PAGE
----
“Kirsch deserves recognition for this refreshing and intellectually stimulating monograph… That this work combines such an emancipatory potential for anthropology with descriptive, theoretically compelling, and well-written ethnography is a testament to Kirsch’s scholarship and activism.” —Jerry Jacka, Anthropos

“Kirsch’s ethnographic passages sing with the immediacy of deep and vibrant experience… Because of its rich detail and moral clarity, Reverse Anthropology is a productive contribution to anthropological understandings of indigenous social analysis and it deserves a wide readership.” —Matt Tomlinson, Expedition

“What is masterful about this… book is that the author, all the while telling the stories of these contemporary environmental and political struggles, contextualizes them in deeply indigenous ways of knowing and understanding history and the natural and social world.” —Paige West, Journal of Anthropological Research

“Kirsch here essays . . . an anthropology grounded not in the outside observer’s analysis but, rather, in the analysis of the people themselves. Borrowing the concept from Roy Wagner’s The Invention of Culture, Kirsch . . . allow[s] the observations and grievances of Yonggom people to speak volumes for why they have engaged for 15 or so years now in ‘political struggles with the mining company and the state’. While Kirsch is not the only New Guinea ethnographer to make indigenous perspectives foundational to his or her analysis, he is unusual in making the procedure explicit . . .”  —Aletta Biersack, American Ethnologist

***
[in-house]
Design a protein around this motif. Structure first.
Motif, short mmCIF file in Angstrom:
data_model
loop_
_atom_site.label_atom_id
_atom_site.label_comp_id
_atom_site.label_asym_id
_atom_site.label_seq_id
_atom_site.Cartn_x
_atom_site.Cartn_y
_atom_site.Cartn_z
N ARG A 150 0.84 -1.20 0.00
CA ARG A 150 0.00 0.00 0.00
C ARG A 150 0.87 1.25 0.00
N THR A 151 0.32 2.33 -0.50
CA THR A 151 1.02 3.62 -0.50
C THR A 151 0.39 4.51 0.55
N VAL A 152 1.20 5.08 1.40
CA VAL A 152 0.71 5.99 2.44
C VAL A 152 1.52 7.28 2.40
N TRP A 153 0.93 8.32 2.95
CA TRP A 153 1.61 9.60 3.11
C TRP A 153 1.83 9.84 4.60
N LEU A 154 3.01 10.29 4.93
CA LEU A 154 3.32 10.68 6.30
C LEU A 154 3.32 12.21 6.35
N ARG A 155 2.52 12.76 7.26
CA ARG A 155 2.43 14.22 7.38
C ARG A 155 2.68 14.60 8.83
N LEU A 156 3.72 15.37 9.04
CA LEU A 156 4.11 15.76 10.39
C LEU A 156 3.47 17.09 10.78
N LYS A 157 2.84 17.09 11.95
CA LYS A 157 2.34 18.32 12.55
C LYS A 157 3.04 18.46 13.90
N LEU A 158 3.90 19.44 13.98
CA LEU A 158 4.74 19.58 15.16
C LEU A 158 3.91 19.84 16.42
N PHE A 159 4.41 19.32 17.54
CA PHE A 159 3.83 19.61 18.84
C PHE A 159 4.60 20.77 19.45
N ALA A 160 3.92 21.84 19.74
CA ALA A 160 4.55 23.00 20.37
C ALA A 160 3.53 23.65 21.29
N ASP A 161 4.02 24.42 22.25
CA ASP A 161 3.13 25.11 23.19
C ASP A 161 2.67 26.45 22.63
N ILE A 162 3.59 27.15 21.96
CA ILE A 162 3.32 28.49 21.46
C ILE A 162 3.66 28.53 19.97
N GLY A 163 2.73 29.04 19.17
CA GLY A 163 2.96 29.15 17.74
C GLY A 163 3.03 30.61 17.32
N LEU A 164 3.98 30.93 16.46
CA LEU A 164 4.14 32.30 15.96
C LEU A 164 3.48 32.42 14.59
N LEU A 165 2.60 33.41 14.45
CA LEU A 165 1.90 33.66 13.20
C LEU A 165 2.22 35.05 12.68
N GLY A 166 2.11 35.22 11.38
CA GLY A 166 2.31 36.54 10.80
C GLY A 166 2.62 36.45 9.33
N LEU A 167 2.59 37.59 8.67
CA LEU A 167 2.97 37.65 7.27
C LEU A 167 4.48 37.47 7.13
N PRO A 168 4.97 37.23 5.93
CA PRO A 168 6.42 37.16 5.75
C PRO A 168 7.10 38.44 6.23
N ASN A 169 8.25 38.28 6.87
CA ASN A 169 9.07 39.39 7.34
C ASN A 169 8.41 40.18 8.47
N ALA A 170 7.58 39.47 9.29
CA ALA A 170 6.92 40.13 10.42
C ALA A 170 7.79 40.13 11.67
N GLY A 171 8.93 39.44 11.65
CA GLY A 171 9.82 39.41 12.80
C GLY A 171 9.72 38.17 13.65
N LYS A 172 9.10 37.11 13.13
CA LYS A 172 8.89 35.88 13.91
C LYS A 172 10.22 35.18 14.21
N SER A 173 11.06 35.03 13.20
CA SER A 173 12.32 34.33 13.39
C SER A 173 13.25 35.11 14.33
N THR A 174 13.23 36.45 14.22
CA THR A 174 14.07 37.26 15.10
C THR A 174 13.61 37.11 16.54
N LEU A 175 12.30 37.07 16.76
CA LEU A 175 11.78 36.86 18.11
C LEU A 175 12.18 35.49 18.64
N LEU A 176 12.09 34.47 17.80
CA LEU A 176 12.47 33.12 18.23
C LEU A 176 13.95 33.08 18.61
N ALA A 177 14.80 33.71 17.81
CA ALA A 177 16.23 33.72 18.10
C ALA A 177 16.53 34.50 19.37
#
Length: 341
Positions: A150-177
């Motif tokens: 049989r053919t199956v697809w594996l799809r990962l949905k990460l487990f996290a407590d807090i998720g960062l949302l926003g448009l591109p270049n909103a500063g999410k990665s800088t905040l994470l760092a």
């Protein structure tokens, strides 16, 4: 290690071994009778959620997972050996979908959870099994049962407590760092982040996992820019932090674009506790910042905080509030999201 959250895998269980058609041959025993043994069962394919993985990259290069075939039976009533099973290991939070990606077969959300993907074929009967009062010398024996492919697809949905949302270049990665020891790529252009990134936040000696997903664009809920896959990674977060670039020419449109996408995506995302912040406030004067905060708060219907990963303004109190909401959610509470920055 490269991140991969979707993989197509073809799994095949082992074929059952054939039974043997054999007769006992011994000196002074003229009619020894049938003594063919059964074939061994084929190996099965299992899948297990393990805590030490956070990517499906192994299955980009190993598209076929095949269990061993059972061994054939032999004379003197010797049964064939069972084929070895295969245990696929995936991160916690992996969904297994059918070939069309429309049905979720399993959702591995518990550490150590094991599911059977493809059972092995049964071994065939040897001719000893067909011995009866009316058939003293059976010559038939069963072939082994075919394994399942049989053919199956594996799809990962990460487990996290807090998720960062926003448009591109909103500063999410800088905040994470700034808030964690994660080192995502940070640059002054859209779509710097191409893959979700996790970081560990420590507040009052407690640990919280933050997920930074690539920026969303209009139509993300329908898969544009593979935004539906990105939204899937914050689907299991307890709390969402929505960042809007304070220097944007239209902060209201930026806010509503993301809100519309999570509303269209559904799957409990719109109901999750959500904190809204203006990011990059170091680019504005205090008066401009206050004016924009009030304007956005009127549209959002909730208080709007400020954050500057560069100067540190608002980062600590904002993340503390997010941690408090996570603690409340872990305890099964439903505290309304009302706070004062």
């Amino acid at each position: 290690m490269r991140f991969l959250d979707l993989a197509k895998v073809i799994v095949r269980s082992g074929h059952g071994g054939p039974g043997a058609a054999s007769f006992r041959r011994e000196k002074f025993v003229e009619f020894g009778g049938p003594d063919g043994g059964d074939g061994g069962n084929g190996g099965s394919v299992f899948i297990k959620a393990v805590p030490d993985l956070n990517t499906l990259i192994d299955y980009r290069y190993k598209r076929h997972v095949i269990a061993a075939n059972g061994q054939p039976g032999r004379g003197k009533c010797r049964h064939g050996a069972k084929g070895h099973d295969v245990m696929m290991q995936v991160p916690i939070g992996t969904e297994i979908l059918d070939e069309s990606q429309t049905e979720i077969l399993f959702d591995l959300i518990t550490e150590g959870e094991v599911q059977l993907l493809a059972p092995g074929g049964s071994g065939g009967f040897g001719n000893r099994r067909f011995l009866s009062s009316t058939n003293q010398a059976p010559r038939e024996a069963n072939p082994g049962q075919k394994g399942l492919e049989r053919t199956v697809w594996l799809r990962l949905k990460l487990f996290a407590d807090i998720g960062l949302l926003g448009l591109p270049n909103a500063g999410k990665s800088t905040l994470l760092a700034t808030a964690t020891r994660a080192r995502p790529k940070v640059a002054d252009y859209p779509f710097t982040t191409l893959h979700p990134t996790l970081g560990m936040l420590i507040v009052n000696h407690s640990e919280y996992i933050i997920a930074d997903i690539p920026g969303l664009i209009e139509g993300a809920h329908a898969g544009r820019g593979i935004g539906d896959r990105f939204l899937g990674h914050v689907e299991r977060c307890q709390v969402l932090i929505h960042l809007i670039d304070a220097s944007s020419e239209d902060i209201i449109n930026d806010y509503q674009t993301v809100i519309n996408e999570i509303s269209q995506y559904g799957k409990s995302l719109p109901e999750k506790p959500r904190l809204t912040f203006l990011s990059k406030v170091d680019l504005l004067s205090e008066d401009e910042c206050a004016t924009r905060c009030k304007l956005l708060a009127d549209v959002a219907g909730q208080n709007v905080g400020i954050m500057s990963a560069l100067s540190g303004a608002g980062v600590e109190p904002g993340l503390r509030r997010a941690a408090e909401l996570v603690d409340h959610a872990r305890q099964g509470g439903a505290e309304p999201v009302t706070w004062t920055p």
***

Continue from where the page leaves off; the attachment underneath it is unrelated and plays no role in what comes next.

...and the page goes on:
“Kirsch seeks to reconcile his original interest in Yonggom cosmology and ritual practice with an exposition of Yonggom people’s reactions to the degradation of the physical environment by the Ok Tedi mine and Muyu people’s reactions to their own predicament as political refugees in Papua New Guinea. He calls this ‘reverse anthropology’ because he wants to enlarge on the way that Roy Wagner coined this phrase to suggest that Melanesian ‘cargo cults’ contain an indigenous social analysis of the institutions of modern capitalism.” —Colin Filer, The Asia Pacific Journal of Anthropology